Hormesis and paradoxical effects in plants upon exposure to formaldehyde are common phenomena
Lobachevsky University researchers have first demonstrated that hormesis and paradoxical effects widely occur in plants under the influence of formaldehyde
For the first time, hormesis and paradoxical effects have been shown to occur commonly in plants upon exposure to formaldehyde, which is a widespread pollutant.
To assess the level of chemical pollution of the environment, different indicators of plant status are widely used as bioindicators, since plants have an attached lifestyle and are unable to avoid exposure to unfavorable factors.
Until recently, it was believed that in most cases, an increase in the level of pollution causes deterioration in the state of plants, so the values of the indicators of plant status reflect the quality of the environment.
However, in recent years there has been growing recognition that the nonmonotonic responses of living organisms, when the direction of the organism’s reaction changes with increasing strength of the acting factor, can occur quite often. These include hormesis and paradoxical effects. In case of hormesis, low doses of pollutants have a positive effect on the state of the living organism, while high doses cause a negative effect. Paradoxical effects include complex dose-effect relationships, when an increased dose of a toxicant results in a decrease in its damaging effect and, conversely, the damaging effect increases with a decrease in the toxicant dose.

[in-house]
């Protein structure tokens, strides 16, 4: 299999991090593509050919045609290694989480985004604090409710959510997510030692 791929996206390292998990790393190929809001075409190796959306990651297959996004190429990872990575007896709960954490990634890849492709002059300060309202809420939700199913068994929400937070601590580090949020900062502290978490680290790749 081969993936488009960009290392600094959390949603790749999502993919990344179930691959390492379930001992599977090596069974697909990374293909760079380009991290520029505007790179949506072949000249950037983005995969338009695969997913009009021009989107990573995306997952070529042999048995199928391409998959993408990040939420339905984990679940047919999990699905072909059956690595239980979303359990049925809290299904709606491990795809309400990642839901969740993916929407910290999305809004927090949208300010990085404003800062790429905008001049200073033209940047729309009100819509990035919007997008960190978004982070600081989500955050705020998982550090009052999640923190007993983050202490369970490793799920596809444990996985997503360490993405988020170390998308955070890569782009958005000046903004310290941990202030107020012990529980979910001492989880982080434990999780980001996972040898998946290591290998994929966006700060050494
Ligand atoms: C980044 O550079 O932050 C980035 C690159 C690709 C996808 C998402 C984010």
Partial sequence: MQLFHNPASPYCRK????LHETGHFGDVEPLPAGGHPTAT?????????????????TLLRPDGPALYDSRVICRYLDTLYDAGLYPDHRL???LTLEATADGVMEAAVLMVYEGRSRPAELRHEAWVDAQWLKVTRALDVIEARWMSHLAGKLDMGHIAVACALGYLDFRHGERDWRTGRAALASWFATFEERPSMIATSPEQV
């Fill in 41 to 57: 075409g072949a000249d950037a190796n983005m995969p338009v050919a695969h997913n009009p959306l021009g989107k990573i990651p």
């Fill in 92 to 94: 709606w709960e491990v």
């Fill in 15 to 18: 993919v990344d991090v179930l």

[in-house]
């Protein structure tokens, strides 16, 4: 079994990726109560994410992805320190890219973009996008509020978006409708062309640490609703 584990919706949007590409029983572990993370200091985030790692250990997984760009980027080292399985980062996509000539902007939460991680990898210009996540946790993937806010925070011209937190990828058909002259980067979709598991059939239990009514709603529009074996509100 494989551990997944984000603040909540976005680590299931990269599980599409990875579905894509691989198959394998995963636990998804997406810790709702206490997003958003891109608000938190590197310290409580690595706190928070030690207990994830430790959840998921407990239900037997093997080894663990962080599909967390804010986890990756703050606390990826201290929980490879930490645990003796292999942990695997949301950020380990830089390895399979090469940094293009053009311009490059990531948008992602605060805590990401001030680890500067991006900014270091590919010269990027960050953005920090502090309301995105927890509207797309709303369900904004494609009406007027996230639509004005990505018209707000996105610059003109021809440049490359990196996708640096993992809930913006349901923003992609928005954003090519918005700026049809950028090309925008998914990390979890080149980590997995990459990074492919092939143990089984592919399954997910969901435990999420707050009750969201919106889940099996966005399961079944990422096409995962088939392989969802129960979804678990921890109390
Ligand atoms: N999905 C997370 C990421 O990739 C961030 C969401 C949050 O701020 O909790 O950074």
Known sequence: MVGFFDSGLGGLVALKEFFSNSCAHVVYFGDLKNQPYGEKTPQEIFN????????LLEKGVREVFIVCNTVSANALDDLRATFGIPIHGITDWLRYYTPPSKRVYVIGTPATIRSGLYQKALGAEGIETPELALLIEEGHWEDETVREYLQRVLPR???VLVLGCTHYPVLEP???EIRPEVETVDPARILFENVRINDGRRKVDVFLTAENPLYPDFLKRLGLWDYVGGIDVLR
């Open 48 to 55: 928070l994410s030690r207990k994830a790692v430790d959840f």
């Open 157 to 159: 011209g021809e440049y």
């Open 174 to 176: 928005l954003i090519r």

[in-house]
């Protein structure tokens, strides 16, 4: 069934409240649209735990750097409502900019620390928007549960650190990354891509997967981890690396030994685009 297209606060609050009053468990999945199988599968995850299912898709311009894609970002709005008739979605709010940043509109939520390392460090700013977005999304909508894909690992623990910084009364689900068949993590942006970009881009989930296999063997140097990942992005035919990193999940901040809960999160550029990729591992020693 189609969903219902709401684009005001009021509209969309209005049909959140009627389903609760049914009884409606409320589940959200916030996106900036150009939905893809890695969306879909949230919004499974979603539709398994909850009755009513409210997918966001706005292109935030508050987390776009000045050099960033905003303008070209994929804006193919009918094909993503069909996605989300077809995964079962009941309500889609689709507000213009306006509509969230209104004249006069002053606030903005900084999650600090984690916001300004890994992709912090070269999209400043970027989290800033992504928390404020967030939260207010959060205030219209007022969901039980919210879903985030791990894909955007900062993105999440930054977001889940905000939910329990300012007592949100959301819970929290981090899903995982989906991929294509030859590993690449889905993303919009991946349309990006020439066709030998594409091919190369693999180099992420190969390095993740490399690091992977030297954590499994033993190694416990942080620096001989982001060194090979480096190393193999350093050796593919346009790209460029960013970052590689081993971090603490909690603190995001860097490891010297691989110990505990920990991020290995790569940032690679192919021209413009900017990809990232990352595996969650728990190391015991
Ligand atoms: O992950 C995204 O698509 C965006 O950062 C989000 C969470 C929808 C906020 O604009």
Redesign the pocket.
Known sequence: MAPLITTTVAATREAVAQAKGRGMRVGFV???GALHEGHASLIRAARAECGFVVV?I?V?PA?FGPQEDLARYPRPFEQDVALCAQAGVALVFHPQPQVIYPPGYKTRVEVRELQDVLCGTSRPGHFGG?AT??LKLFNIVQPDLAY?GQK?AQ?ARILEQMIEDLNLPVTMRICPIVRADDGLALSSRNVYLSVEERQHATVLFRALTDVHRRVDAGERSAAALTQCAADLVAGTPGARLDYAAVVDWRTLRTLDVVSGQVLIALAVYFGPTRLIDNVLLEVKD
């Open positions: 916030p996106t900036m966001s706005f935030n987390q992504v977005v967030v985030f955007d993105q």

Nonmonotonic changes in plant indicators used to determine the quality of the environment can result in an incorrect assessment of the pollution level. Therefore, it is important to know how often hormosis and paradoxical effects occur when plants are exposed to various pollutants.
Lobachevsky University biologists have for the first time conducted a study of this problem for formaldehyde, one of most common environmental pollutants, which is released into the atmosphere as part of vehicle emissions and is often found in indoor air after evaporating from synthetic materials. A wide range of concentrations of this pollutant was investigated, from values close to lethal levels to those several orders of magnitude smaller.
For all the plant parameters studied, nonmonotonic dose-effect relationships were established. Hormesis was revealed for growth parameters, while various variants of paradoxical effects were found for biochemical indicators.
The results of the study can contribute to improving bioindicative methods for environmental assessment based on the plant organism parameters. These results also shed new light on the patterns of plant adaptation to stressful environmental conditions. In the future, this can be used to develop methods for managing plant resistance and thus agricultural plant productivity.